While the barley is cooking, trim off the tough ends from the asparagus and discard them. Cut the asparagus stalks into 1-inch pieces. Set aside the tips. You should have about 4 1/2 cups asparagus pieces, not including the tips.

In a large Dutch oven or other heavy-bottomed pot, heat the oil over medium heat. Add the spring onions and fennel, reduce the heat to medium-low, and cook, stirring from time to time, for about 10 minutes, or until the vegetables are softened. Sprinkle the flour over the vegetables and stir vigorously to combine. Pour in 1 cup of the vegetable broth and stir for a minute or so to incorporate thoroughly. Slowly pour in the remaining 5 cups of broth and add the asparagus pieces—except for the reserved tips—and the parsley sprigs. Increase the heat to medium and simmer for 15 to 20 minutes, until all the vegetables are tender. Remove from the heat and let the soup cool for 10 minutes.

Using a hand blender (immersion) or a stand blender, puree the soup (in batches if you’re using a stand blender). Stir in the cooked barley and reheat the soup over low heat. Season to taste with salt and pepper.

While the soup is heating, put the reserved asparagus tips in a steaming basket placed in a pot of boiling water, cover, and steam for 4 to 5 minutes, or until just tender. Or put the tips in a plastic storage bag along with 1 tablespoon water. Set the open bag in a microwave oven and cook on high for 2 to 3 minutes, or until the tips are bright green and just tender.

To serve the soup, stir in 3/4 cup of the cheese. Ladle the soup into a large serving bowl or tureen and top with the reserved asparagus tips and the remaining 1/4 cup cheese. You can also serve the soup in individual bowls, garnishing each serving with a few asparagus tips and a sprinkle of cheese.


Chickpea Plant

Chickpeas are perhaps better known by their Spanish name garbanzo beans. They are a roundish, beige member of the legume family grown primarily in western Asia, India, and in the Mediterranean. Most people are familiar with chickpeas as either used whole in salads, or ground up to make the popular Middle Eastern dish hummus.

The name chickpea came from the French word chiche and Italians call them ceci beans. In Italian the word ‘ceci’ means both wart and chickpea. At some stage it was believed that you could cure warts by touching it to a chickpea plant at a new moon.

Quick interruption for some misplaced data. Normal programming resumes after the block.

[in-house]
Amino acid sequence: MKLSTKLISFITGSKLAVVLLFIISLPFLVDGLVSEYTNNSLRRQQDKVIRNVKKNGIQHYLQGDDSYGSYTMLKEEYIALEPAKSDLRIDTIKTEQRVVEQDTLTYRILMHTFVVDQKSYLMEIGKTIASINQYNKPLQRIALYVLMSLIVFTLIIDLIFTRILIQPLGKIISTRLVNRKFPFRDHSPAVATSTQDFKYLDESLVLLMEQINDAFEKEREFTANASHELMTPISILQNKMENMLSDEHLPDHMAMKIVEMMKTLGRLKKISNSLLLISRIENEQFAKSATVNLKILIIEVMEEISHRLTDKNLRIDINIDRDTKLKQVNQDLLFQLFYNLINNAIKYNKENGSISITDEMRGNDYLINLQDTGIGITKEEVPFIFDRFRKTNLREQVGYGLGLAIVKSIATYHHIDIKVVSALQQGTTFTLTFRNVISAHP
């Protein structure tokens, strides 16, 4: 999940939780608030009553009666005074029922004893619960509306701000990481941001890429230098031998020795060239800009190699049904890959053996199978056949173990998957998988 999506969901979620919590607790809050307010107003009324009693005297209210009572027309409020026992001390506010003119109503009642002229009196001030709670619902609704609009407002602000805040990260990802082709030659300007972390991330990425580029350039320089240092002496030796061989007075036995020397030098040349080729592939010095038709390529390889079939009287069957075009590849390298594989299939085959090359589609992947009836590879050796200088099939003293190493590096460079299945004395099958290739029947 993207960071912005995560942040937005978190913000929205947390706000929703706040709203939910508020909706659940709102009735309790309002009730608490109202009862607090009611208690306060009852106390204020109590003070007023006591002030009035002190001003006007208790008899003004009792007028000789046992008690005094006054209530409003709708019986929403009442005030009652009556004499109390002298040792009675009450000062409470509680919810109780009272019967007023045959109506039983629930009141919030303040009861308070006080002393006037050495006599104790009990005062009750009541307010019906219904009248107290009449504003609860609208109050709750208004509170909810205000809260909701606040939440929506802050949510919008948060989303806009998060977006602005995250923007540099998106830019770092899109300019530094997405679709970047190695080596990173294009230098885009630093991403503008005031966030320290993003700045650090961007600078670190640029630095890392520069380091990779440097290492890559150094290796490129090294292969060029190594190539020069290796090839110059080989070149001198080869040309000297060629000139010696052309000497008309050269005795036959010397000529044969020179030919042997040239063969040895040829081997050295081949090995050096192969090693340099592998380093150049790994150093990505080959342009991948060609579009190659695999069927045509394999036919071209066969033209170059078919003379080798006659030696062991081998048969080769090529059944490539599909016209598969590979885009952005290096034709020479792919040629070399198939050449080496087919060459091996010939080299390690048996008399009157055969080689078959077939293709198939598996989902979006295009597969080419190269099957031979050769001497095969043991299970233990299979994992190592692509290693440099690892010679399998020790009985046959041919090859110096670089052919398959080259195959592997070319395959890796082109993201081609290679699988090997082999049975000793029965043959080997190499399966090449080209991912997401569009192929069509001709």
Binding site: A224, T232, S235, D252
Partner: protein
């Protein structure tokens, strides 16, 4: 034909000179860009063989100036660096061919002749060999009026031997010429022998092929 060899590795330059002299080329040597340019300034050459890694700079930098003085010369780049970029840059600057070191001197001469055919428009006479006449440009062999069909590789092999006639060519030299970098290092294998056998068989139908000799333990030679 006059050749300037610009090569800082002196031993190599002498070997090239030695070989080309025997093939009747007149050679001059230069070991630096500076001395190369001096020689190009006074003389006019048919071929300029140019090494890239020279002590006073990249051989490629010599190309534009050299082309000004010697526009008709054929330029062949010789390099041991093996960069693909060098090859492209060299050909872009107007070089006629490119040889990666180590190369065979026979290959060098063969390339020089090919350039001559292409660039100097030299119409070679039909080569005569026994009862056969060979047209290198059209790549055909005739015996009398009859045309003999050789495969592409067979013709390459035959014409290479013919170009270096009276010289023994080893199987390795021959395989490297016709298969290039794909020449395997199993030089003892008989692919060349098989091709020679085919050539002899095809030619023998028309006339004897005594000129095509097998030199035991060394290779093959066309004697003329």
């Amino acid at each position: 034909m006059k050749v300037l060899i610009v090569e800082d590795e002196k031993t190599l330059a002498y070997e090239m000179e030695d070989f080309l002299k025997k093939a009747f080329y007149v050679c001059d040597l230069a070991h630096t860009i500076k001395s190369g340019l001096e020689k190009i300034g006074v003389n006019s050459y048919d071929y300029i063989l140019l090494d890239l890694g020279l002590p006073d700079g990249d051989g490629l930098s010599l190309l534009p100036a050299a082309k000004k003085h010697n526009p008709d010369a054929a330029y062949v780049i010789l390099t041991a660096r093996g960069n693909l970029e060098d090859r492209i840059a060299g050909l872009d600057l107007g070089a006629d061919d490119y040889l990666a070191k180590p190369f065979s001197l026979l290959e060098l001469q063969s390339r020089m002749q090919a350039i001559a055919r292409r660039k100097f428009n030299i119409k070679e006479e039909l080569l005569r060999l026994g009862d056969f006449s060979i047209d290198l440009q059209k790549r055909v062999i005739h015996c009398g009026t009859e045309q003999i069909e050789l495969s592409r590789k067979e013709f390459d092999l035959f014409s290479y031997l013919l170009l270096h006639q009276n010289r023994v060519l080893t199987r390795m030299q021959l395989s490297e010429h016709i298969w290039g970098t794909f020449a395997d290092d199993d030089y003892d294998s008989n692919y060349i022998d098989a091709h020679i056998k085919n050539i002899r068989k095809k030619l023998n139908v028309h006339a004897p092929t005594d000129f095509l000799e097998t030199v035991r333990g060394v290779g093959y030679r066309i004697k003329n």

Chick peas are also a frequent ingredient in Italian dishes. They may be used to make pasta and beans. They are often added to marinated vegetables and are usually on an antipasto platter. They may also be recognizable as a staple in three-bean salad, which is comprised of green beans, kidney beans and chick peas and pickled with vinegar or stored in vinegar and oil.

Chick peas are an excellent nutritional choice. A serving of chick peas, about 4 ounces or half a cup, has about 17 grams of dietary fiber and 19 grams of protein. They are also considered more digestible than most other beans. Dried chick peas cook much more quickly than other dried beans.

Chickpea Pod

Shelled Chickpeas

Salad or Side Course

Chickpea and Spinach Salad

Serves 4

Great as a side salad with grilled meat, it can also work as a vegetarian entree.

Ingredients:                                                                                                                                                                             

  • One 15.5-ounce cans chickpeas, low-sodium, drained and rinsed
  • 2 tablespoons chopped fresh flat-leaf parsley
  • 1/4 cup diced red onion
  • 2 tablespoons olive oil
  • 2 tablespoons fresh lemon juice
  • 1/4 teaspoon finely grated lemon zest
  • 3/4 teaspoon dried oregano
  • Pinch of cayenne pepper
  • Salt and freshly ground black pepper to taste
  • 3 tablespoons Greek nonfat yogurt
  • 1 tablespoon orange juice
  • 1/4 teaspoon finely grated orange zest
  • 1/4 teaspoon honey
  • 2 ounces baby spinach leaves (about 2 cups lightly packed)
  • 1 tablespoon coarsely chopped fresh mint

Directions:

 In a medium bowl, combine the chickpeas, parsley and onion.

 In a small bowl whisk together the oil, lemon juice and zest, oregano, cayenne, salt, and black pepper.

 Pour the dressing over the chickpea mixture and toss to coat evenly.

 In another small bowl stir together the yogurt, orange juice and zest, and honey.

 Serve the chickpea salad over a bed of spinach leaves. Top with the yogurt sauce and garnish with the mint.

Mediterranean Chickpea Salad

Serves 6

Ingredients:                                                                                                                                                                                                                                                                                    

  • 8 ounces (about 1 1/2 cups) dried chickpeas, soaked overnight in water to cover, soaking liquid reserved
  • or  two 15.5-ounce cans chickpeas, low-sodium, drained and rinsed
  • 1 1/4 teaspoons coarse salt
  • 1 garlic clove, minced
  • 16 whole black peppercorns, crushed
  • 3 tablespoons sherry vinegar
  • 2 tablespoons extra-virgin olive oil